If you suspect your continental competitors are getting illegal help from their governments "the direct and cheap thing to do is blow the whistle and write to the Commission to see what they can do about it," advises James Flynn, a solicitor with Linklaters and Paines who specialises in state aids cases. But first, Flynn says, collect as much information as possible to back up your case, such as newspaper cuttings, contract information and transactions which indicate below-cost pricing.
The big problem will be the difficulty of establishing a causal link between your competitor's subsidy and the problems that you face," he says, "but the Commission can find out what you cannot."
Complaints should be filed with DG4, the competition directorate, at the European Commission, rue de la Loi, 200 Brussels. A copy could also be sent to Karel van Miert, the new commissioner in charge of competition (address as above). Cases involving the transport sector should be sent to DG7, the transport directorate at the same address. A copy of all correspondence should be sent to the UK Department of Trade and Industry, 1-19 Victoria Street, London SW1.
Once a complaint is filed and Brussels decides to act, the Commission may require the state to suspend the aid scheme and to confirm that it has done so within 15 days. Then the suspect state is required to supply full information on the state aid involved. If the government does not reply, or this is considered unsatisfactory, the Commission can decide, on the basis of the information in its possession, that the aid is incompatible with the common market. Such a decision may require that aid already paid be recovered, including interest from the date on which the aid was paid.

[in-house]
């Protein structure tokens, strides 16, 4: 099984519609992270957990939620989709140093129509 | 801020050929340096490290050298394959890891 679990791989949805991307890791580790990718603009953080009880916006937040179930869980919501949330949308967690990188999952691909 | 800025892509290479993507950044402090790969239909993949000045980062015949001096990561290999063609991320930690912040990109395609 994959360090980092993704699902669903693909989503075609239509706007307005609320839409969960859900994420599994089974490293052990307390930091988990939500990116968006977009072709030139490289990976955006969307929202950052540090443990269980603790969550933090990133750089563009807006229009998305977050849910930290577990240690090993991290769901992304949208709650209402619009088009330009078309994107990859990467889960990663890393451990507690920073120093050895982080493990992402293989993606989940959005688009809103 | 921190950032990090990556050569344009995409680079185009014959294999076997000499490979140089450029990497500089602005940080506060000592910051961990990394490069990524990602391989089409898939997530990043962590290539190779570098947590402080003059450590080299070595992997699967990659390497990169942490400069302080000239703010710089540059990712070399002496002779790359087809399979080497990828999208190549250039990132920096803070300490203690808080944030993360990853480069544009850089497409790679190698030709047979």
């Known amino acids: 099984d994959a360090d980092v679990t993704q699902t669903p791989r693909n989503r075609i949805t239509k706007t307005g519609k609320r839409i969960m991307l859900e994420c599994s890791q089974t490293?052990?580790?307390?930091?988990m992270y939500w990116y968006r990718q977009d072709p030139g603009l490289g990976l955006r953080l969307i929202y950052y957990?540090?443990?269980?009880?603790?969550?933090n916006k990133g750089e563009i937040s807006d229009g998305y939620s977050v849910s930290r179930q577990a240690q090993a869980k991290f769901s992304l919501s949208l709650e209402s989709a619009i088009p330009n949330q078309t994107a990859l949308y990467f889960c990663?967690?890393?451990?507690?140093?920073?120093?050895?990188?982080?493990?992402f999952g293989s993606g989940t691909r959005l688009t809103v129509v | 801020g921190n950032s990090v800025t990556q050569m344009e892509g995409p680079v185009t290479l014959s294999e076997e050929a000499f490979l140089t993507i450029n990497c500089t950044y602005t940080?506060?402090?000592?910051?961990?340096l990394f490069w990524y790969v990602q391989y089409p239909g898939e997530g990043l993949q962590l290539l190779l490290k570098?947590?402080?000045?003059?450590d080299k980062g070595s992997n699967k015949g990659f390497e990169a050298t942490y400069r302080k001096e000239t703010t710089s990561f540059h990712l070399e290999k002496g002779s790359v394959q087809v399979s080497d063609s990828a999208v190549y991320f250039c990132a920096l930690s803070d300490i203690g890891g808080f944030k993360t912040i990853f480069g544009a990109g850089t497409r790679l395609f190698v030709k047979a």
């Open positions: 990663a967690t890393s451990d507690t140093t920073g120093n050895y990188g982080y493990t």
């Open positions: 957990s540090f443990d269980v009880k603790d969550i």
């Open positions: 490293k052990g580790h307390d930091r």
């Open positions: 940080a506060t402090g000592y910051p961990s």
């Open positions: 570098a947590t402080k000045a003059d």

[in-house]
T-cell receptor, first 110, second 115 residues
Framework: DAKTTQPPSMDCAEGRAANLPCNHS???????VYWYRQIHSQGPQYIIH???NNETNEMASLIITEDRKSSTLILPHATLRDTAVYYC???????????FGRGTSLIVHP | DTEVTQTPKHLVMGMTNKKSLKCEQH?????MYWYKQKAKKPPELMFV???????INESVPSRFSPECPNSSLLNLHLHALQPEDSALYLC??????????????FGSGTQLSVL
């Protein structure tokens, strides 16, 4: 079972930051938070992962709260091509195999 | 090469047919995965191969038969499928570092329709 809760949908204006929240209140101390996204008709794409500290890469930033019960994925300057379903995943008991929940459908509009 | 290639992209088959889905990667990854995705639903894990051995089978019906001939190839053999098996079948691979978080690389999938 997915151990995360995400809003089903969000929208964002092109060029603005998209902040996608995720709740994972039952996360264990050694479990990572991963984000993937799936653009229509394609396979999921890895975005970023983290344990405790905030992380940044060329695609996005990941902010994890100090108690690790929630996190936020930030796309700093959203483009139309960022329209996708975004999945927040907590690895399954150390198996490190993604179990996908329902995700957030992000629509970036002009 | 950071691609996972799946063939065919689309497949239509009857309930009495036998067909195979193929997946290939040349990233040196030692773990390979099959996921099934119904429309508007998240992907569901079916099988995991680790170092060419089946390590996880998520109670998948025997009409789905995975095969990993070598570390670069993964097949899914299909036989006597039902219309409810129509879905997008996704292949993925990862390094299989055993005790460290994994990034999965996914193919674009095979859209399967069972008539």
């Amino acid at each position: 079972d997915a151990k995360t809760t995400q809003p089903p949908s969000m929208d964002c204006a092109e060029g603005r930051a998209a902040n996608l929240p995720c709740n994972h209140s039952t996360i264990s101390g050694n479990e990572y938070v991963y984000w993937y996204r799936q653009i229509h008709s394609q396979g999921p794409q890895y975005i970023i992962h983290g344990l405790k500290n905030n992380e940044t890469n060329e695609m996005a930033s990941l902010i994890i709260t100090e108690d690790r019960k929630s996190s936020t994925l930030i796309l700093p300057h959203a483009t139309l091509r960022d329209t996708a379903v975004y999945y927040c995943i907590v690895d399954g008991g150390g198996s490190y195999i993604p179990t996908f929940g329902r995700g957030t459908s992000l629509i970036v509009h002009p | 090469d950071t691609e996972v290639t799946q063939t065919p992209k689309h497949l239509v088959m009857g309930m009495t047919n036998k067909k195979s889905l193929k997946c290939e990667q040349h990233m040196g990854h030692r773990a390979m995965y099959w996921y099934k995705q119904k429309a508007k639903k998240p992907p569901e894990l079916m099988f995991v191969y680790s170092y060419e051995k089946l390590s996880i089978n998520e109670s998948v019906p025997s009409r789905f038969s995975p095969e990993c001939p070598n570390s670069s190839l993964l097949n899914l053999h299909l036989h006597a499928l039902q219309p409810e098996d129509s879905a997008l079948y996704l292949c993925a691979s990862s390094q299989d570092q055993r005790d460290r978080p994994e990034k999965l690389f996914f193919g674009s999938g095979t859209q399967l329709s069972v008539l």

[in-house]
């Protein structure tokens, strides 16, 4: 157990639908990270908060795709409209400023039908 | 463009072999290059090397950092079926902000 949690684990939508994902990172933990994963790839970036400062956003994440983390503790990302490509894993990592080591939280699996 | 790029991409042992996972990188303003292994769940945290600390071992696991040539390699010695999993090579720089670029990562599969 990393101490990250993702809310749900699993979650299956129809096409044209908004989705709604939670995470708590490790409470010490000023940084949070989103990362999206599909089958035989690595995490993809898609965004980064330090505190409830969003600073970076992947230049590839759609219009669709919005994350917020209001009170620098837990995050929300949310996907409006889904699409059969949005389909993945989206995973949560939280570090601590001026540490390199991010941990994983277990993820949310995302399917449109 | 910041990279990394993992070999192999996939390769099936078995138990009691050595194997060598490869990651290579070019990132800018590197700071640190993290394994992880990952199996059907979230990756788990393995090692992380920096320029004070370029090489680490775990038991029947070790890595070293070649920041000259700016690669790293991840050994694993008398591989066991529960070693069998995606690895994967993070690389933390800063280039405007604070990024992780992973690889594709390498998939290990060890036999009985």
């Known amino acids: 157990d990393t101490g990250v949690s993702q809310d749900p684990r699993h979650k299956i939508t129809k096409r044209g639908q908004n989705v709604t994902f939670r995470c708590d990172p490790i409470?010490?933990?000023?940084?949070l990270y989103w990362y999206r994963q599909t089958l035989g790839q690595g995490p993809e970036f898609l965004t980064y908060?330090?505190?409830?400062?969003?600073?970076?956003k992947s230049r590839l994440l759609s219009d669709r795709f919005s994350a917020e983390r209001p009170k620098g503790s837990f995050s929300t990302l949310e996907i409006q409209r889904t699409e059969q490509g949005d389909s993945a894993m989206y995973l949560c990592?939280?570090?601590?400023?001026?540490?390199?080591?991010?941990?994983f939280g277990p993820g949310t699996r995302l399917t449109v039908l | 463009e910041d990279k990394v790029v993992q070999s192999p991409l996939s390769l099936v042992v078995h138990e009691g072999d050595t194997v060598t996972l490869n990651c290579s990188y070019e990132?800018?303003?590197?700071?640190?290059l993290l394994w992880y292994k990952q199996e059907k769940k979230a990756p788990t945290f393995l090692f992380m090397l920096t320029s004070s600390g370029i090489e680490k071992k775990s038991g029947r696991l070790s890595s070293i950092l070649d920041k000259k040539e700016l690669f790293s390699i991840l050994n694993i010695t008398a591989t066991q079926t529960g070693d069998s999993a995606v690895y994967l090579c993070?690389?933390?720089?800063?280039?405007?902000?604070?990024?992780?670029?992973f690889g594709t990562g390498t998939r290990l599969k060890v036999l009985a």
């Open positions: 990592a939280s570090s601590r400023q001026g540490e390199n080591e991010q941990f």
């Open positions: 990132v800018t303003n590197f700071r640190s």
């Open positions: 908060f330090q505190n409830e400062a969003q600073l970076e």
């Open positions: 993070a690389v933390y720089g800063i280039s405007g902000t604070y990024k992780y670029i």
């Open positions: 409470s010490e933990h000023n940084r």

It is also important to know whether an aid under review is an existing aid, legally in force, or a new aid, Flynn says. "While the Treaty of Rome allows the Commission, at any time, to reconsider existing aid schemes and to order them to be abolished or amended in the light of changing circumstances, it cannot order existing aids to be suspended until its review is complete.
Although EC member states are required to notify the Commission of aid programmes and cannot begin them until they are approved, the rule is frequently flouted. However, in a precedent-setting decision taken in 1990 involving Boussac, a French textile and paper producer, the European Court of Justice ruled out action by the Commission to order the recovery of aid purely as a result of not following the official procedure.
Flynn believes the Boussac ruling has seriously weakened the system: "A significant problem over the years has been that member states frequently implement aid plans either without any notification at all, or without waiting for the official green light from the Commission. Such aid is called 'illegal'; it may or may not, on examination, be found to be incompatible with the common market."
In the Boussac case, some of the state aid was eventually found to be incompatible and had to be repaid.
(Eds-Any questions or substantial alterations should be checked with Flynn whose number of 606-7080.).